I walk because of the devastating impact that misinformation and lack of resources can have on someone who is holding on to a fragile balance. I walk for my friend Brenda who suffered with the pain and confusion of Borderline Personality Disorder since she was a pre-teen. Her family and church did not recognize her as ill, nor did they understand her struggle. So the “problem” child stuffed everything inside and moved away from the very people she needed most.

Brenda was intelligent, funny and an enjoyable co-worker. She was also an expert at hiding the pain she did not understand. She was embarrassed and feared what people would think of her if they knew her constant dark thoughts and how badly she felt she was handling life.  After she experienced a psychotic break, she found it difficult to connect to resources to help her manage her life and get the treatment she needed. She was still fragile and confused and was left alone to navigate complex systems to find the resources to survive. What do you do when you are not able to work, don’t qualify for unemployment but the bills keep coming in? How do you get to counseling and classes across town to help you get better when you are heavily medicated and can’t drive?  And, how do you pay for those prescriptions, classes and counseling sessions? Where do you live when your home is no longer a safe place for you to be? How can you handle all of this when your brain is not cooperating?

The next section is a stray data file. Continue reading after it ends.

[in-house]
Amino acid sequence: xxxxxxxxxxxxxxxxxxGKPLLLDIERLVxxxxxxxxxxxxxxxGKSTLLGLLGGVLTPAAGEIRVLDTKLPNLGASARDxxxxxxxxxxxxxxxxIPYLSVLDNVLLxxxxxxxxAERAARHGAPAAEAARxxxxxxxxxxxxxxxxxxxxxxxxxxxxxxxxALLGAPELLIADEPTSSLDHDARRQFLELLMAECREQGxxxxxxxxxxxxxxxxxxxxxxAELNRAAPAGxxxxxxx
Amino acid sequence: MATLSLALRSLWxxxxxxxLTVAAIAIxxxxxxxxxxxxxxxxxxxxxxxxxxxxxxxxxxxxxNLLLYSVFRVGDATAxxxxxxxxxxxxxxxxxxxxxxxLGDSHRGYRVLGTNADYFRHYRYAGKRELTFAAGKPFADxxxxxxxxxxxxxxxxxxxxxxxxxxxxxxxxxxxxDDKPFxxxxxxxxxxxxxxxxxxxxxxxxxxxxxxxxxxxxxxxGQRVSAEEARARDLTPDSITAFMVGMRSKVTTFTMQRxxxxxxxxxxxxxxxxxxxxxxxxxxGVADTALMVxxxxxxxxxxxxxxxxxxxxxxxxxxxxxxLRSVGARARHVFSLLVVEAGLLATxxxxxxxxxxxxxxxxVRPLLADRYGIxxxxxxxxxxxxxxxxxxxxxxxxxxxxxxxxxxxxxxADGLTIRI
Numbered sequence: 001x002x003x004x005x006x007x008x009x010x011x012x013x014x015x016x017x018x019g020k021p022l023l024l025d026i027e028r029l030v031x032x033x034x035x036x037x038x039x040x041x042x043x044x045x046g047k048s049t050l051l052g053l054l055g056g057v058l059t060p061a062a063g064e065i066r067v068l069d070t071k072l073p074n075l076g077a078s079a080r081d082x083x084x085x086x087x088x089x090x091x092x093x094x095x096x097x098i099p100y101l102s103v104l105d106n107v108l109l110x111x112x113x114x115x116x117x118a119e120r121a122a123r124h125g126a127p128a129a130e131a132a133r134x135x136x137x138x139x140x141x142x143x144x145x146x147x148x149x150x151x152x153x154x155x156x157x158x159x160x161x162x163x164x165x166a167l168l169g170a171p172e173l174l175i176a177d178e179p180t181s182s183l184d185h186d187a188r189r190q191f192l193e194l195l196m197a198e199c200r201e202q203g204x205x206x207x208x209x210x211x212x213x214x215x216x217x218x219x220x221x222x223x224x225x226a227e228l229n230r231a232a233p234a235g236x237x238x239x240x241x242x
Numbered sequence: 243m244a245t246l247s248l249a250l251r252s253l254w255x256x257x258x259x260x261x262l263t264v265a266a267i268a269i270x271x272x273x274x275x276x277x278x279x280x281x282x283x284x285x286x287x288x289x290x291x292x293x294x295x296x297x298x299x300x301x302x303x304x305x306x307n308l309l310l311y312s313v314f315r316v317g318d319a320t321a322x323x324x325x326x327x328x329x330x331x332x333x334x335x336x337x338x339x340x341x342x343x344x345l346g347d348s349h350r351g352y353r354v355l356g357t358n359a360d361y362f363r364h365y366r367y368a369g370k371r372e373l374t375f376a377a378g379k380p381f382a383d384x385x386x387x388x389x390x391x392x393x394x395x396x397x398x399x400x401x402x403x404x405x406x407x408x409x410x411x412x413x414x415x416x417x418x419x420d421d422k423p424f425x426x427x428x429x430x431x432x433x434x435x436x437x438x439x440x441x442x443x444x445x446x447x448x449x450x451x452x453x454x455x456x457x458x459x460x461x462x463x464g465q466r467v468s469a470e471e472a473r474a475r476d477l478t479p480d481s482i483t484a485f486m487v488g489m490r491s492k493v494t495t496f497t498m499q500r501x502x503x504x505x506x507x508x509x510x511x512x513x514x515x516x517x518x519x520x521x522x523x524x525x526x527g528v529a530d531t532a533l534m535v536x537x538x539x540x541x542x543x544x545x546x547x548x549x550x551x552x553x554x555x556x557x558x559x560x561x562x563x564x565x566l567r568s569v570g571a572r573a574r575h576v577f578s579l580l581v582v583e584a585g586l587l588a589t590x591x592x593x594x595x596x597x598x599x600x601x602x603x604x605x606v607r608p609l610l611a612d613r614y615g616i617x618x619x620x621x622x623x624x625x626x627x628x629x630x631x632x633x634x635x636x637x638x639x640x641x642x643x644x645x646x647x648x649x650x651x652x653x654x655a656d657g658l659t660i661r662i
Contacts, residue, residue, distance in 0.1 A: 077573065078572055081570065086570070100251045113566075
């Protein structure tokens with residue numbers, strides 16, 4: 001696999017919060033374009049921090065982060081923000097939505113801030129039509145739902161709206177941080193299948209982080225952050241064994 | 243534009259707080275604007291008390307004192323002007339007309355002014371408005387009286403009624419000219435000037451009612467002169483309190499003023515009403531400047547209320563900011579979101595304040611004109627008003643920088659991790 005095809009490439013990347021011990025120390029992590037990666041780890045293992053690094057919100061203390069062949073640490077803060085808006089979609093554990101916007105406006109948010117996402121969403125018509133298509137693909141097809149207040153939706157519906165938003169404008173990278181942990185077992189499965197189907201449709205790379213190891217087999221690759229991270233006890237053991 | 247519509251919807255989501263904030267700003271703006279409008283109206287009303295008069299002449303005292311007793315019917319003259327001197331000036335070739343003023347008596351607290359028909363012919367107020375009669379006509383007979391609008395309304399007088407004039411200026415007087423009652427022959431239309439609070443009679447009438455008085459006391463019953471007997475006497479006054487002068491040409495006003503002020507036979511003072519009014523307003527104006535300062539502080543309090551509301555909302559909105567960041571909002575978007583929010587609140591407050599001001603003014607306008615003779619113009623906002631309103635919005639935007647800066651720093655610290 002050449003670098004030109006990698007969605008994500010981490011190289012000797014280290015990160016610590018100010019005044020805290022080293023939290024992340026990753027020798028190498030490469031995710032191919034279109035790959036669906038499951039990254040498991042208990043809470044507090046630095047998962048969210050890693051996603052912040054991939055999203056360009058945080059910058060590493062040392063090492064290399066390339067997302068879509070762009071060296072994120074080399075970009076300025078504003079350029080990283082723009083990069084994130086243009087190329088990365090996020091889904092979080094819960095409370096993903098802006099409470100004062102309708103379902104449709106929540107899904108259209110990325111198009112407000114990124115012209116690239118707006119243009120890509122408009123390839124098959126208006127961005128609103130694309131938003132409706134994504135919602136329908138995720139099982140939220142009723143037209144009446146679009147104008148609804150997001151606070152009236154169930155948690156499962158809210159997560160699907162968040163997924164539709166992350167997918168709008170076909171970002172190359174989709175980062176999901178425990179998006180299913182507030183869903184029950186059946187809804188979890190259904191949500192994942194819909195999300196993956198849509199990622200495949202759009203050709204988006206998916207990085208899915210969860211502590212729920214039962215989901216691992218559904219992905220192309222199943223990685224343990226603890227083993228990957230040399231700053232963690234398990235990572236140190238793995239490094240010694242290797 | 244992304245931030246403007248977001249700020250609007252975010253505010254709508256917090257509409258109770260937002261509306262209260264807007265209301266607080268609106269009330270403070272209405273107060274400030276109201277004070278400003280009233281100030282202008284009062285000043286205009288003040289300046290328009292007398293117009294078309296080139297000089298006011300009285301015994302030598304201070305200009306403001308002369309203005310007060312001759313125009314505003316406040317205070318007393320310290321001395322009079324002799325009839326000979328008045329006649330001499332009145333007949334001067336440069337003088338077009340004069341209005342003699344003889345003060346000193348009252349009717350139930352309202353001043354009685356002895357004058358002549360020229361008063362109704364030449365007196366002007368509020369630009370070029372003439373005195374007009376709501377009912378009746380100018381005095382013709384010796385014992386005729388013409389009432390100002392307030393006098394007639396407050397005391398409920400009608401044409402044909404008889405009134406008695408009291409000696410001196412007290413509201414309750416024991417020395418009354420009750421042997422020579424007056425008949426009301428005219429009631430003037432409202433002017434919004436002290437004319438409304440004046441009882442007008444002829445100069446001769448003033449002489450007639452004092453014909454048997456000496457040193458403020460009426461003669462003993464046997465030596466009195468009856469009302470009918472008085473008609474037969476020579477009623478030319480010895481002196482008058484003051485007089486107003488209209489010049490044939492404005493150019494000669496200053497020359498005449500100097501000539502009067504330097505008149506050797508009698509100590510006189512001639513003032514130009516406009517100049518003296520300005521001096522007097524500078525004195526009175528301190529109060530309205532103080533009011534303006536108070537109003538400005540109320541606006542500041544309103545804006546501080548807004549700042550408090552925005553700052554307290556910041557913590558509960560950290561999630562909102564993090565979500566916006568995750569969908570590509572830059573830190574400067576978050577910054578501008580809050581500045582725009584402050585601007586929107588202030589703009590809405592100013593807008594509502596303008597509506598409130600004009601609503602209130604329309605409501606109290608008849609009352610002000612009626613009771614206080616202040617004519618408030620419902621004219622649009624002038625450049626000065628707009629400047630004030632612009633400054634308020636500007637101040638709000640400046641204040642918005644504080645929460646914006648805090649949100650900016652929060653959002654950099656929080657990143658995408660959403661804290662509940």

Friends stepped up to help her connect with resources and after at least 25 years of living with pain, she was finally on the right balance of medication, knew what her illness was and she was learning how to reprogram her thinking patterns. Brenda felt hope and was on a path to recovery.  But a personal disappointment too soon in her recovery overwhelmed her and she ended her life. She was just 35.

Her loss was devastatingly sad. What is even sadder is that her family never did understand that Brenda was ill and not just “the problem daughter;” her church never knew they fed her pain with misinformation about mental illness; and, it was only because she had determined friends—and luck—that she was able to get the help she needed for that brief glimpse of hope and recovery.

I support NAMI and walk for all the Brenda’s, and families, who need understanding, resources and hope.

Won’t you join me?  

Jan McKenzie, executive director, NAMI Clark County, and team captain, Team Clark County